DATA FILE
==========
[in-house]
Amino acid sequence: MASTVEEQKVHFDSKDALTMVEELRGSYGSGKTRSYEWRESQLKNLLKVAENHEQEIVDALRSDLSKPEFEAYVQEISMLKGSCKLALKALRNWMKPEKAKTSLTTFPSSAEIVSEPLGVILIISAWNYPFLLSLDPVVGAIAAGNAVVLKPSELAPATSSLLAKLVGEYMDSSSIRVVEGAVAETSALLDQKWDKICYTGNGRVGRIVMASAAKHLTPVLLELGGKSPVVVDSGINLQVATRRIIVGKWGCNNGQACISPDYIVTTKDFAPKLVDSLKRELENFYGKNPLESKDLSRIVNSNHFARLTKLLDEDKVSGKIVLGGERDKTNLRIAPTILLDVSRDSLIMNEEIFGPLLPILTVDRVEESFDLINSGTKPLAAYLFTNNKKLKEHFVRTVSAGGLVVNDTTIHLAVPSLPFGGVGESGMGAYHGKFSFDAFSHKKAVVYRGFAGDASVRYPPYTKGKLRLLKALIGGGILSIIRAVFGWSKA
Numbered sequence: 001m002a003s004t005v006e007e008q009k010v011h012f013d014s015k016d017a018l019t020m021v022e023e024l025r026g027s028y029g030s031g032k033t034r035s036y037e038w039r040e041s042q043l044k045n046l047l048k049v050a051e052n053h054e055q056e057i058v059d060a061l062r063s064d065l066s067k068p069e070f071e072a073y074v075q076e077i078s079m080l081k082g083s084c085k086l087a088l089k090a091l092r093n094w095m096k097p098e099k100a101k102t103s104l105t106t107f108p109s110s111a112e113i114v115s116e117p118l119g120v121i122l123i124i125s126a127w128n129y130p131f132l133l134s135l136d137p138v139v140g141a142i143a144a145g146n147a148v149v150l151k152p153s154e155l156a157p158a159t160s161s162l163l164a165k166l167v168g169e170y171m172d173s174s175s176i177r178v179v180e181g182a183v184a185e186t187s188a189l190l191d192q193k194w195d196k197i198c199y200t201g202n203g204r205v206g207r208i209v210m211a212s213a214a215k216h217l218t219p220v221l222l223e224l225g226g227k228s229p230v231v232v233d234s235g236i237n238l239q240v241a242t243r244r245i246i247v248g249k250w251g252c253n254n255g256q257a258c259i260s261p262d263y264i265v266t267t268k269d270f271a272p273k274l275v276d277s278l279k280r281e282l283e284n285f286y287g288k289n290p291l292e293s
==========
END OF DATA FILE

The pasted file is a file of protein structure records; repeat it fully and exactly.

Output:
[in-house]
Amino acid sequence: MASTVEEQKVHFDSKDALTMVEELRGSYGSGKTRSYEWRESQLKNLLKVAENHEQEIVDALRSDLSKPEFEAYVQEISMLKGSCKLALKALRNWMKPEKAKTSLTTFPSSAEIVSEPLGVILIISAWNYPFLLSLDPVVGAIAAGNAVVLKPSELAPATSSLLAKLVGEYMDSSSIRVVEGAVAETSALLDQKWDKICYTGNGRVGRIVMASAAKHLTPVLLELGGKSPVVVDSGINLQVATRRIIVGKWGCNNGQACISPDYIVTTKDFAPKLVDSLKRELENFYGKNPLESKDLSRIVNSNHFARLTKLLDEDKVSGKIVLGGERDKTNLRIAPTILLDVSRDSLIMNEEIFGPLLPILTVDRVEESFDLINSGTKPLAAYLFTNNKKLKEHFVRTVSAGGLVVNDTTIHLAVPSLPFGGVGESGMGAYHGKFSFDAFSHKKAVVYRGFAGDASVRYPPYTKGKLRLLKALIGGGILSIIRAVFGWSKA
Numbered sequence: 001m002a003s004t005v006e007e008q009k010v011h012f013d014s015k016d017a018l019t020m021v022e023e024l025r026g027s028y029g030s031g032k033t034r035s036y037e038w039r040e041s042q043l044k045n046l047l048k049v050a051e052n053h054e055q056e057i058v059d060a061l062r063s064d065l066s067k068p069e070f071e072a073y074v075q076e077i078s079m080l081k082g083s084c085k086l087a088l089k090a091l092r093n094w095m096k097p098e099k100a101k102t103s104l105t106t107f108p109s110s111a112e113i114v115s116e117p118l119g120v121i122l123i124i125s126a127w128n129y130p131f132l133l134s135l136d137p138v139v140g141a142i143a144a145g146n147a148v149v150l151k152p153s154e155l156a157p158a159t160s161s162l163l164a165k166l167v168g169e170y171m172d173s174s175s176i177r178v179v180e181g182a183v184a185e186t187s188a189l190l191d192q193k194w195d196k197i198c199y200t201g202n203g204r205v206g207r208i209v210m211a212s213a214a215k216h217l218t219p220v221l222l223e224l225g226g227k228s229p230v231v232v233d234s235g236i237n238l239q240v241a242t243r244r245i246i247v248g249k250w251g252c253n254n255g256q257a258c259i260s261p262d263y264i265v266t267t268k269d270f271a272p273k274l275v276d277s278l279k280r281e282l283e284n285f286y287g288k289n290p291l292e293s